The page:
Available literature indicated that the 21-index research tool is a robust, valid, and reliable measurement instrument and is comparable to other quality assessment tools (see Beest, Braam, and Boelens, 2009).

3.1 The Sample Population

This study assesses the usefulness or quality of the annual reports designed by municipalities in the KwaZulu-Natal province (South Africa) in promoting accountability and decision-making. The yearly reports of interest are pooled from the websites of the municipalities. Annual reports for the financial year 2017/18 are utilized. Our initial sample has 54 KwaZulu-Natal province municipalities. We exclude municipalities that have not published their annual reports on their websites from our analysis. To guarantee the validity of the research findings, only audited annual reports are included in this experiment. After data cleaning, our final sample has 43 municipalities.

We assess the quality of the municipal financial reports by appraising the degree to which every financial report achieves fundamental qualitative features (i.e., faithful representation and relevance) and enhancing qualitative characteristics (i.e., comparability, understandability, and timeliness) qualitative features. Fundamental elements mould the substance of FR information, whereas enhancing qualitative features augments decision-usefulness once the fundamental features are instituted. Relevance is the ability "to make a difference in the decisions made by users in their capacity as capital providers" (IASB, 2008). Also, IASB (2015) indicated that relevance is when information can impact the decisions of users of financial reports. Annual reports should be neutral, free from substantial error, and all-embracing to epitomize the economic phenomena faithfully that information claims to represent (IASB, 2015, 2008). IASB (2006) opined those economic phenomena embodied in the annual reports are "economic resources and obligations and the transactions and other events and circumstances that change them." Understandability is when the quality of the information is characterized, categorized, and portrayed distinctly and succinctly to permit users to grasp its meaning (IASB, 2015, 2008; Beest, Braam, and Boelens, 2009). Comparability "is the quality of information that enables users to identify similarities in and differences between two sets of economic phenomena" (IASB, 2008). Beest, Braam, and Boelens (2009) propounded that comparability implies that identical things must be portrayed in the same manner, whereas diverse conditions must be portrayed in a different way and IASB (2015) postulated that comparability involves consistency when it comes to the implementation of accounting standards across time and institutions. Lastly, IASB (2015, 2008) proposed that "timeliness means having information available to decision-makers before it loses its capacity to influence decisions." Further, Mbobo and Ekpo (2016), Beest, Braam, and Boelens (2009), and IASB (2008) suggested that timeliness denotes the number of days or weeks, or months, from the institution's year-end, it takes for the institution to divulge its audited reports.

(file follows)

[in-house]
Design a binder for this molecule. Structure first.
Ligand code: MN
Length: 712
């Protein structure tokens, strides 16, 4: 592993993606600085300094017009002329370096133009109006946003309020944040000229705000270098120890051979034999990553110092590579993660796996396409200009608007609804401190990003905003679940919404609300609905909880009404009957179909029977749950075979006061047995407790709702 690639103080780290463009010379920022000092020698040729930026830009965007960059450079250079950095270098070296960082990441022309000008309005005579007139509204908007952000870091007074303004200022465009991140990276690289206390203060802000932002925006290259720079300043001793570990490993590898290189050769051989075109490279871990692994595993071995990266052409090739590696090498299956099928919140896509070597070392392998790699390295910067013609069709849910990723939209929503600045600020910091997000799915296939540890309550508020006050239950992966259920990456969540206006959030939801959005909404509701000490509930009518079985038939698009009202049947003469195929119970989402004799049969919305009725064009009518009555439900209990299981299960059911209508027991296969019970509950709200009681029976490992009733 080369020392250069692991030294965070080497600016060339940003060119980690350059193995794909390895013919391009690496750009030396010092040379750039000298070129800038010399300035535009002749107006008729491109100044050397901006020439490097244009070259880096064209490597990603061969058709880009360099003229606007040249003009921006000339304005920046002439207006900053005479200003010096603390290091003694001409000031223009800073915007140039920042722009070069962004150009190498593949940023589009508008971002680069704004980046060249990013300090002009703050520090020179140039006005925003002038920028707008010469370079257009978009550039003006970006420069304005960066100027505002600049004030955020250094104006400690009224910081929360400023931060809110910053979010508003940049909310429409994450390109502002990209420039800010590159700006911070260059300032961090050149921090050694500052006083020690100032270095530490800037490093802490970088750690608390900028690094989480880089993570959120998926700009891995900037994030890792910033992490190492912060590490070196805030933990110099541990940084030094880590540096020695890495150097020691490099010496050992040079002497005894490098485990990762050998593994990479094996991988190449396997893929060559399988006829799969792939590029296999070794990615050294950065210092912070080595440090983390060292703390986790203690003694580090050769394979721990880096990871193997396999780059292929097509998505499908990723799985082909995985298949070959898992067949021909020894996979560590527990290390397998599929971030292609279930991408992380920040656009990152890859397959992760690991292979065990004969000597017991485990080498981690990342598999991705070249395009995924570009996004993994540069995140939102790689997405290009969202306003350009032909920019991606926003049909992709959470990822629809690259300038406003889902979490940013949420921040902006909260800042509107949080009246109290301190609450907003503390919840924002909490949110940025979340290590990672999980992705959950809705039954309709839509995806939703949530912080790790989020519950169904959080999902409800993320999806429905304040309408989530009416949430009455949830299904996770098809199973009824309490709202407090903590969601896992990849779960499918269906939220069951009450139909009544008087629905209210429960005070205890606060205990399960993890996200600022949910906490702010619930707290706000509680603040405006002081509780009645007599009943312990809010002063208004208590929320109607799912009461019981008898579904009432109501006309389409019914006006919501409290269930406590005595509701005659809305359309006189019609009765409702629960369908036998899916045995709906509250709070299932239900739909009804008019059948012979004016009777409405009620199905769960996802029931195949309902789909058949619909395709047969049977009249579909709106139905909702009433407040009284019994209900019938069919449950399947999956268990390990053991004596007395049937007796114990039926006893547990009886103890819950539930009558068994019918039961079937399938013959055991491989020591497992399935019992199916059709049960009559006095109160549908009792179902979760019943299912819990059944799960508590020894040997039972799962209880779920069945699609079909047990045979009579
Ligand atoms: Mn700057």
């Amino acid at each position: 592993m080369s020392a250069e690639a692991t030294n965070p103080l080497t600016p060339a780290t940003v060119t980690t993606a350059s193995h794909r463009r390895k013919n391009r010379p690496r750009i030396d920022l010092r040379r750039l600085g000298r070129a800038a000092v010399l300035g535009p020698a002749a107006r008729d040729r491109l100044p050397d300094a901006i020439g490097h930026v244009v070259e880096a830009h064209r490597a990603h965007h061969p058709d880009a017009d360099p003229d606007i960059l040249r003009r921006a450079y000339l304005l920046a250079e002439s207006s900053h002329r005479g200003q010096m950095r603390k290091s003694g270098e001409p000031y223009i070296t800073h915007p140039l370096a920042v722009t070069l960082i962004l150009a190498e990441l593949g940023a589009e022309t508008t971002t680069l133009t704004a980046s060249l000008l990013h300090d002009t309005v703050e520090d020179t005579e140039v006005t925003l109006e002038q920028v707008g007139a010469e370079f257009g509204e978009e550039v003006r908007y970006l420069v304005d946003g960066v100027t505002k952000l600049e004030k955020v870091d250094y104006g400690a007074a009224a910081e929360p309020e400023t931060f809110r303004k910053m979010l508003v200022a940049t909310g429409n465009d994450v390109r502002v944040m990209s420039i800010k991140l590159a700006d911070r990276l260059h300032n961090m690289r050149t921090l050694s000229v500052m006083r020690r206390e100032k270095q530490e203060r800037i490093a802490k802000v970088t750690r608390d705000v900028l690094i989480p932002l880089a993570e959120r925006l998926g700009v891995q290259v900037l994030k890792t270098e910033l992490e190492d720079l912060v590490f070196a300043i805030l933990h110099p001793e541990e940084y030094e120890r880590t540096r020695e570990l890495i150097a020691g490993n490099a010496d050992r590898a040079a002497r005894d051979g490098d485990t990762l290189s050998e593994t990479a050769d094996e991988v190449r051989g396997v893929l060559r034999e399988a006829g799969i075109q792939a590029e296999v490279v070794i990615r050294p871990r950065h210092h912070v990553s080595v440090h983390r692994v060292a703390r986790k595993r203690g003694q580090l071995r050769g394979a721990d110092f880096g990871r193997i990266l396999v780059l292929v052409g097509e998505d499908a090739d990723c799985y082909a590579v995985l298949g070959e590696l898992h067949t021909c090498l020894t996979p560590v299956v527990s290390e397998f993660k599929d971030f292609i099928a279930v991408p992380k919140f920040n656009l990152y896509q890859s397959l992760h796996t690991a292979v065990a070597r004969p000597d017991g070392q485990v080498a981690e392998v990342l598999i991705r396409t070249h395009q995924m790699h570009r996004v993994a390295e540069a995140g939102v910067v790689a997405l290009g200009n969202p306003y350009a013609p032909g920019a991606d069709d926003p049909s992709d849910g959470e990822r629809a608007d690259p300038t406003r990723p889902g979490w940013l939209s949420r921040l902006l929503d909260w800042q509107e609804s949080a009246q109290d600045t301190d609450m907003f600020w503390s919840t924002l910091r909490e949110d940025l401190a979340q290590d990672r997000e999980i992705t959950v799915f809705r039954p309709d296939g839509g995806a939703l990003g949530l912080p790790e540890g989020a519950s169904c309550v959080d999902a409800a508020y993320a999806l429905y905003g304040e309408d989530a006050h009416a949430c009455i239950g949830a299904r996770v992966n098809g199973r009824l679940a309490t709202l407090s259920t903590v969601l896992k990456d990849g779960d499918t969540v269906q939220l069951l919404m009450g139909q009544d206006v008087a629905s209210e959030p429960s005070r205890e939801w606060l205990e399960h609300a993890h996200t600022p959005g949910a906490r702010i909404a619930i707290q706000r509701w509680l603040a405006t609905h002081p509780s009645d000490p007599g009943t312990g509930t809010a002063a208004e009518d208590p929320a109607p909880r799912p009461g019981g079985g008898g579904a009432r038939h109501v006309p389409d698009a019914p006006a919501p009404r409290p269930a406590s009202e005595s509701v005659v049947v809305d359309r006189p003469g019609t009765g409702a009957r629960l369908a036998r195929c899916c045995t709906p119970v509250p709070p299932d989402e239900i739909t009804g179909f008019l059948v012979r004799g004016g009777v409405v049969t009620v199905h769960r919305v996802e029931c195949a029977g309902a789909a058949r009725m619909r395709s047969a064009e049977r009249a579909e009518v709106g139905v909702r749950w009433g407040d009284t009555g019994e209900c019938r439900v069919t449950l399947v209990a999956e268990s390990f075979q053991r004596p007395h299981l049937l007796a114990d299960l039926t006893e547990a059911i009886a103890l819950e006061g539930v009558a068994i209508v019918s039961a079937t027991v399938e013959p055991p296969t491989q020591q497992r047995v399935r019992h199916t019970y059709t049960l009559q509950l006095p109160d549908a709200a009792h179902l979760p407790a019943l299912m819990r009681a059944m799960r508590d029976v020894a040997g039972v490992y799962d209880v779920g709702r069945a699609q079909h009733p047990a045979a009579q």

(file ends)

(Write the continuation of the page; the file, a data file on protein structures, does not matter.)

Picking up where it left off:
3.2 Data Analysis

The 21-index measurement instrument was created in order to operationalize the qualitative features of the International Financial Reporting Standards Conceptual Framework. We adopt a real-life dataset of 43 annual reports from the 2017/2018 period selected from the websites of the 43 KwaZulu-Natal municipalities in South Africa.

We use Krippendorff's alpha to test the inter-rater reliability and Cronbach's alpha to test the internal consistency reliability of the instrument. Krippendorff's alpha assumes a value of 0.79. This value shows that the results generated by the instrument are reliable. On the other hand, Cronbach's alpha assumes a value of 0.74. This value implies that the implemented instrument is reliable and valid when it comes to the examination of the financial reports' quality.

3.3 Research Limitations

This study aims to determine the usefulness of municipal annual reports in terms of accountability and decision-making. However, the researcher did not consider users' actual perspectives and opinions in annual reports, such as residents, ratepayers, service users, and other governmental spheres. As a consequence, the thesis falls short of its goal. It was limited to comparing the data in municipalities' annual reports to the qualitative characteristics of financial statements. Finally, since other municipalities did not publish annual reports, the study covers only 43 of the 54 municipalities in KwaZulu-Natal.

4. Findings and Discussion

In this section, we examine the findings of this. We present our result according to fundamental and enhancing qualitative features, i.e., faithful representation, relevance, understandability, timeliness, and comparability.

4.1 Relevance

Table 1 below indicates the descriptive statistics for Relevance qualitative characteristics. It denotes the mean, median, mode, and standard deviation values for the Relevance qualitative characteristic based on the adopted sample.